A West Coast Kitchen Garden

An ever-evolving herb collection.


| August/September 1993



Southern California is the land of the perpetual garden. The climate is so gentle that the biggest problem herb gardeners can find to complain about is rampant growth. Most of us in the hinterlands can only fantasize about coping with the problems of a garden that is green 12 months a year.

Carole Saville, a long-time herb gardener from the Garden State of New Jersey, felt as if she were learning to garden all over again when she moved to California five years ago. Even now, the landscape continues to surprise her. Carole lives on a third of an acre situated on a scenic drive overlooking a canyon in the Hollywood hills. A few quick steps from the back door, she grows a lush array of culinary and ornamental herbs in an intricate kitchen garden only 20 feet square. For this free-lance writer and herb garden designer, the kitchen garden represents two lifelong loves—food and gardening. It is not just a sanctuary and playground but a place of constant learning, experimentation, and evolution.

Back east, Carole often visited the re-created monastic herb garden at the Cloisters of the Metropolitan Museum of Art in New York City and was charmed by the formal geometric plantings of utilitarian herbs. She began reading old herbals and was fascinated to learn how the herbs she used daily in her kitchen have endured through the ages. Later, she borrowed inspiration from these gardens of old for her West Coast kitchen garden, which is illustrated in detail on page 21.

The geometric structure of Carole’s garden serves as a fine foil for the informal luxuriance of culinary herbs. A 3-foot Korean box hedge frames the space on four sides, giving it a feeling of intimacy; a tiered brick planter showcasing herbal topiary marks the center. The original centerpiece plant was a delicate rosemary topiary Carole brought from New Jersey, but it grew into a huge balloon that threatened to eclipse the entire garden—Carole’s first lesson in Zone 10 gardening. She no longer grows any rosemary in her kitchen garden because four varieties of the herb grow all over the rest of her property. A tamer myrtle topiary now occupies the center spot, with variegated euonymus anchoring the four ­corners and white-flowered woodland straw­berries (Fragaria sp.) spreading a carpet of green between them. A path of river rock wraps the center bed, and the herbs spill out along the edges, softening the lines.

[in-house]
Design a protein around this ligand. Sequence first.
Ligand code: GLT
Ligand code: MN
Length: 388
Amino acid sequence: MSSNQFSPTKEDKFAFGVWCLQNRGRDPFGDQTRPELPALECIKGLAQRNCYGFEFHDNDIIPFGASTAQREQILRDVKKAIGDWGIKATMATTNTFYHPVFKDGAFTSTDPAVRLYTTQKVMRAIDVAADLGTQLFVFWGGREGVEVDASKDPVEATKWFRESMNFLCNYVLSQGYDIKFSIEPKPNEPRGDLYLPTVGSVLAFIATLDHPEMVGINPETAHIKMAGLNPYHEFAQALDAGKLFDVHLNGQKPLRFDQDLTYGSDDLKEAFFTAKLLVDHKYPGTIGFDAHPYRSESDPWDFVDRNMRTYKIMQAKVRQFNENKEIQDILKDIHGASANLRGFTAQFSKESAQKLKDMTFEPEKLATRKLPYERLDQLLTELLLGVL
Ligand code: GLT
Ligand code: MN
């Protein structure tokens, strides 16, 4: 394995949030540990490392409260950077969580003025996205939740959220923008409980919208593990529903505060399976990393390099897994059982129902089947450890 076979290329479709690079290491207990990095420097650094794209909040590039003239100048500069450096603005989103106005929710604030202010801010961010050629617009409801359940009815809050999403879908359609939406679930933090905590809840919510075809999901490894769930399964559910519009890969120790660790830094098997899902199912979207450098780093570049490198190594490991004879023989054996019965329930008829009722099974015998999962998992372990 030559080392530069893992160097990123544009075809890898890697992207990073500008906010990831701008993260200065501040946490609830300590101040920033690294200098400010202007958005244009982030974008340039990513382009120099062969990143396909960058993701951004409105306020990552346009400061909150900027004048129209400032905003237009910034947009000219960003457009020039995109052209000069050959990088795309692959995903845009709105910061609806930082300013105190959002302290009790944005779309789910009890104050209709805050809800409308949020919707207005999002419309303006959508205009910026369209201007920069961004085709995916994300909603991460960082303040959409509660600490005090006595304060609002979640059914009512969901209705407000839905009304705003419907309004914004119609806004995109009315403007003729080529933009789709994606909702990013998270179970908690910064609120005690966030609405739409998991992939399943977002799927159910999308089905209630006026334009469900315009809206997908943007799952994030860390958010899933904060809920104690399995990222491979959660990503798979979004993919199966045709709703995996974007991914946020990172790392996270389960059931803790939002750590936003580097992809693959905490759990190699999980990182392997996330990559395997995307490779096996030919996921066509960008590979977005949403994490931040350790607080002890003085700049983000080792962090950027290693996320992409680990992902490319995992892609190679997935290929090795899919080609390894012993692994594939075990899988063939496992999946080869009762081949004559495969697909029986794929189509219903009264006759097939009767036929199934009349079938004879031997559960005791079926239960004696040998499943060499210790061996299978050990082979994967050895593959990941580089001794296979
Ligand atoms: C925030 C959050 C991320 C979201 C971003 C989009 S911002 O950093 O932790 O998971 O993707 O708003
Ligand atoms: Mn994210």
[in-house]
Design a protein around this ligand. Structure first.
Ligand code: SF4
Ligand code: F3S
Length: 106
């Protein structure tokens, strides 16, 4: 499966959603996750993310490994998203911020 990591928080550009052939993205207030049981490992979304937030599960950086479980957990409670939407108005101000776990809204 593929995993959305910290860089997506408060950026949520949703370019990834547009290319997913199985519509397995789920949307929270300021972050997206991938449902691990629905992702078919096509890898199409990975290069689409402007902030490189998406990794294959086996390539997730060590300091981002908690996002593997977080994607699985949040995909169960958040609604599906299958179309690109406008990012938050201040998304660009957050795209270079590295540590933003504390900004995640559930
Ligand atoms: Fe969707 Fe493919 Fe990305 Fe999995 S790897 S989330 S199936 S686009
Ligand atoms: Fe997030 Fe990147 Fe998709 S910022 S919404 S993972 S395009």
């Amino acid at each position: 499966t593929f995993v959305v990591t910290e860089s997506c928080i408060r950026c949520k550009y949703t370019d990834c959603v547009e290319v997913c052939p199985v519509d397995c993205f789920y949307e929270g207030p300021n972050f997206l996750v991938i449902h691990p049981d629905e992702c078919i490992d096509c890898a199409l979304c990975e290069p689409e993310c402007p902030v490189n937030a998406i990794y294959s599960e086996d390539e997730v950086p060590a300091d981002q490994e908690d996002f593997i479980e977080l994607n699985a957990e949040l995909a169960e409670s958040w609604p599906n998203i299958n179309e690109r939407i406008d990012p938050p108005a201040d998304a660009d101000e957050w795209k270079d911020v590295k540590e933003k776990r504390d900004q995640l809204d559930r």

A Stroll Around the Garden

At any given time, up to 100 different­ herbs surround the central planting, reflecting Carole’s wide culinary interests and her newest gardening discoveries. With a plot of this size, Carole must make choices and play favorites, so the scenery is always changing. About three-quarters of the plants are perennial; the large plants are permanent features, ensuring that the background is always in scale, but the smaller herbs are often moved around or swapped for others less greedy for space.

As Carole walks around the garden, pointing out her favorites, it’s evident that each herb is special to her for one reason or another. Many are indispensable in the kitchen; some are unusual, rare, or part of an ethnic collection; others are of sentimental value. The layout reflects this blend of utility and beauty. For example, each of several cuisines, including Mexican, Southeast Asian, and Middle Eastern, has its own collection of representative herbs.





elderberry, echinacea, bee hive

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